While presenting at the 2018 Golden Globes, actress Natalie Portman called out the “all-male” nominees for the “Best Director” category, causing audiences on social media to commend her for drawing attention to the lack of female representation in the awards ceremony. In this year’s past Oscars, there were no women nominated in the categories for best cinematography, best directing, best editing or best original composition. Out of the top 100 films in 2018 , just 40 featured a female in a leading or co-leading role. This begs the question: why does Hollywood continue to underrepresent women?
The answer may lie in what goes on behind-the-scenes. According to a study from the University of Southern California on gender inequality in Hollywood, only 28 percent of the 1,200 films surveyed from the past 10 years featured a female lead. Another study from the Center for the Study of Women in Television and Film found that out of the top 100 gross films of 2018, women only represented four percent of directors, 15 percent of writers, three percent of cinematographers, 18 percent of producers and 14 percent of editors. In comparison, 94 percent of major film studio executives were white and male, as found in a 2015 report from UCLA. In 2012, the Los Angeles Times reported that 94 percent of Oscar voters were Caucasian and 77 percent were male. The disparity between women and (specifically white) men show how the industry is dominated and skewed to favor the latter. The notorious “boy’s club” mentality that the Hollywood elite maintain, continues to impact the stories that are told on screen and which voices are heralded over others. More importantly, the problem spans beyond just the faces in the foreground—women in all fields of film are continually shut out of jobs and projects in place of a male alternative.
What’s even more alarming is the even smaller amount of opportunity available to women of color and women past a certain age. Out of the 40 films in 2018 featuring a female lead, only 11 were women of color and another 11 were women ages 45 and above. Moreover, 21 percent of female characters in the top 100 films of 2018 were black, while 10 percent were Asian, four percent were Latina, and an abysmal one percent were women of other races or ethnicities. Circling back to the Oscars, just one woman has won the award for best director (Kathryn Bigelow for The Hurt Locker), while only five have ever been nominated for the category, all of whom were white.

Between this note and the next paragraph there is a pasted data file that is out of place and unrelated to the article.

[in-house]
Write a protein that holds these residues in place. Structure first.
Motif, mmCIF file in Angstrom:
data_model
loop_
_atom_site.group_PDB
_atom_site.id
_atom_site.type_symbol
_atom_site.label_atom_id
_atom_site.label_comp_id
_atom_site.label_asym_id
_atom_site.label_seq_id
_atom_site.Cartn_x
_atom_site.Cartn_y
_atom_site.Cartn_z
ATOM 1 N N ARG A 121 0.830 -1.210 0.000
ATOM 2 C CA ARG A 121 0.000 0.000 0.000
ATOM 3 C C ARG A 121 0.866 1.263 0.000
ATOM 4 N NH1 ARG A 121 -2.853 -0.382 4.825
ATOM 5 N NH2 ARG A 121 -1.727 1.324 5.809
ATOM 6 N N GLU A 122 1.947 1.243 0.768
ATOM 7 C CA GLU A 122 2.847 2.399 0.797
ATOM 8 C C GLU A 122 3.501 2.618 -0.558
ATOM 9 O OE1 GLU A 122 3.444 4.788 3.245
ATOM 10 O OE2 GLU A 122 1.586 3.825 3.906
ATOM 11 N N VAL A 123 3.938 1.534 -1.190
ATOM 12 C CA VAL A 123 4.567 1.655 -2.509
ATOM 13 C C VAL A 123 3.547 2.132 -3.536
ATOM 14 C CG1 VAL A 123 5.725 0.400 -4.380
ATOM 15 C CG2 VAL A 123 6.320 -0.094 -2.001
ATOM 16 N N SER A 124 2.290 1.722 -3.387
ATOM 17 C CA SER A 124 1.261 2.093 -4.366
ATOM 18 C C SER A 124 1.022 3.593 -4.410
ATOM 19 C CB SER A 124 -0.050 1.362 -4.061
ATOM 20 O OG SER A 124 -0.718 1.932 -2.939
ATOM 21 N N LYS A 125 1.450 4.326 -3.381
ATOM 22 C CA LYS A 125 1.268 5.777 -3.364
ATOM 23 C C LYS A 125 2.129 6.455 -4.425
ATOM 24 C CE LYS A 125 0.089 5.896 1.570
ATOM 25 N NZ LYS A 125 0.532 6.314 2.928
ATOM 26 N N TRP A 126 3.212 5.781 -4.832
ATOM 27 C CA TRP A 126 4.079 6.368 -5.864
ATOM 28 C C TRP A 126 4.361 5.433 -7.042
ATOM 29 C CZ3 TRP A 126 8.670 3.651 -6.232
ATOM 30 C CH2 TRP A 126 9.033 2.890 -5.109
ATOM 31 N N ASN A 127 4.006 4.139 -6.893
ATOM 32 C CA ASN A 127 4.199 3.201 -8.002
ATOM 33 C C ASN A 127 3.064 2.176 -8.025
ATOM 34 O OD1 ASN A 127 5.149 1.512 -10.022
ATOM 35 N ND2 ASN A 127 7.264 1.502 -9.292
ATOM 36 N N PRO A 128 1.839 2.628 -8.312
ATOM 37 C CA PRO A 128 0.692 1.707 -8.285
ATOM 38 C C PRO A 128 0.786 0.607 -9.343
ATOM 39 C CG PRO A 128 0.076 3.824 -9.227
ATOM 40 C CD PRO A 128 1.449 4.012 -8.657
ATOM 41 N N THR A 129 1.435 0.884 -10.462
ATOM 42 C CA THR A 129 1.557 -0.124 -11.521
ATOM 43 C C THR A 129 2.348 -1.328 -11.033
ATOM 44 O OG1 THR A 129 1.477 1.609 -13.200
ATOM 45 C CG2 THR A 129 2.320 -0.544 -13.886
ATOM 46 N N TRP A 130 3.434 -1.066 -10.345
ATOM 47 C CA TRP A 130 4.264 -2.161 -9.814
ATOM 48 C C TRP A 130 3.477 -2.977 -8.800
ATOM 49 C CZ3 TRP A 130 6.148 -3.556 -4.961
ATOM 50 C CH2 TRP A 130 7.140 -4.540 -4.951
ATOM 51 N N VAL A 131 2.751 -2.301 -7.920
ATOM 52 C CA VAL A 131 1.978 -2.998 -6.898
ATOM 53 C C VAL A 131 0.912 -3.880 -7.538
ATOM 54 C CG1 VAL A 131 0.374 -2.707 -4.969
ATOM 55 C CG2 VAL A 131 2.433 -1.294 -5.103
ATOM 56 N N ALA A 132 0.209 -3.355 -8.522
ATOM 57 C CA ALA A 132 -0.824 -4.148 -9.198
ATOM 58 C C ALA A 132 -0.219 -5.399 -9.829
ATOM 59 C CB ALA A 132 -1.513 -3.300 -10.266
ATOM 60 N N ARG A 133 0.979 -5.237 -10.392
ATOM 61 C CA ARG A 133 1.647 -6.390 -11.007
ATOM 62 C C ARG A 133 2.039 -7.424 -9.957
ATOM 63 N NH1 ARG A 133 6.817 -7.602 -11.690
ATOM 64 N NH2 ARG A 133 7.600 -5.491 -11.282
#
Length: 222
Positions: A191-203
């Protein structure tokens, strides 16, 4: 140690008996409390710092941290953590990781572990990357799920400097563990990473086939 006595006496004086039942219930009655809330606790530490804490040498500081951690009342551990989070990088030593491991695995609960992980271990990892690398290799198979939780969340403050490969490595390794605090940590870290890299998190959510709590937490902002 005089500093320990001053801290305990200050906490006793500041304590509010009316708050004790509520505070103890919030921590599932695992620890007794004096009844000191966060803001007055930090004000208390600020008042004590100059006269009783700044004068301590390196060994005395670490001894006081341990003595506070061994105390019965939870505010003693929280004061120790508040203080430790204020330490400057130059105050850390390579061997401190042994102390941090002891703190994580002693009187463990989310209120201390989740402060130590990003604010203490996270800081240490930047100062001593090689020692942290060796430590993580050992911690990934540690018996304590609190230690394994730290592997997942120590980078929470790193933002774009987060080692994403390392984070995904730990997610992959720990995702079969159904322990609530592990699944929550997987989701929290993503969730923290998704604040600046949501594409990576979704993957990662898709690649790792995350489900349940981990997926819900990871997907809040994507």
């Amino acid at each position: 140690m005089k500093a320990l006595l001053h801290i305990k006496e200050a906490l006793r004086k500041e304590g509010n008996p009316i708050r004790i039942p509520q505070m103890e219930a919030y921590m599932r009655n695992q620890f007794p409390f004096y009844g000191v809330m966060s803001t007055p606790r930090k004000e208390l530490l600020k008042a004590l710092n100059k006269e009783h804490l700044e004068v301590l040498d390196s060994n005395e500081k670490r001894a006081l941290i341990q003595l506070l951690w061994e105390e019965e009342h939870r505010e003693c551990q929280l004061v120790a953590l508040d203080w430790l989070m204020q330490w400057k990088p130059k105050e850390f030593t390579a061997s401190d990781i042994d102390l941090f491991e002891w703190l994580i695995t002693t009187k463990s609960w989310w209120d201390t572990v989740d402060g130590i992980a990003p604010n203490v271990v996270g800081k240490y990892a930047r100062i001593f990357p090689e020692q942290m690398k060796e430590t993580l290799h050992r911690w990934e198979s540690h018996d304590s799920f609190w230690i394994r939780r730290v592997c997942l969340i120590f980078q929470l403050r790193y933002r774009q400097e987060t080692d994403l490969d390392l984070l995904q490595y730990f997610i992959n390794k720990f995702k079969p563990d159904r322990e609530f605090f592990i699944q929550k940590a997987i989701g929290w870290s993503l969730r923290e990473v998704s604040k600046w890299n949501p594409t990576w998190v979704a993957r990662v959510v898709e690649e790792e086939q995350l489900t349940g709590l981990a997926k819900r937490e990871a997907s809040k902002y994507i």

However, not all hope is lost. With the arrival of organizations like Time’s Up Now and Women in Film, as well as the rise of the #MeToo movement, female filmmakers, directors, actors and producers are making sure that the internal changes in Hollywood continue to evolve and grow. At the 2018 Oscars, actress Frances McDormand ended her acceptance speech for best actress with a call for “inclusion riders” or clauses that actors can put in their contract to mandate a certain level of diversity within a film’s cast and crew. Actions like these are contributing to a more diverse and less homogenous film industry, one that understands the value and necessity of allowing a seat for everyone at the table.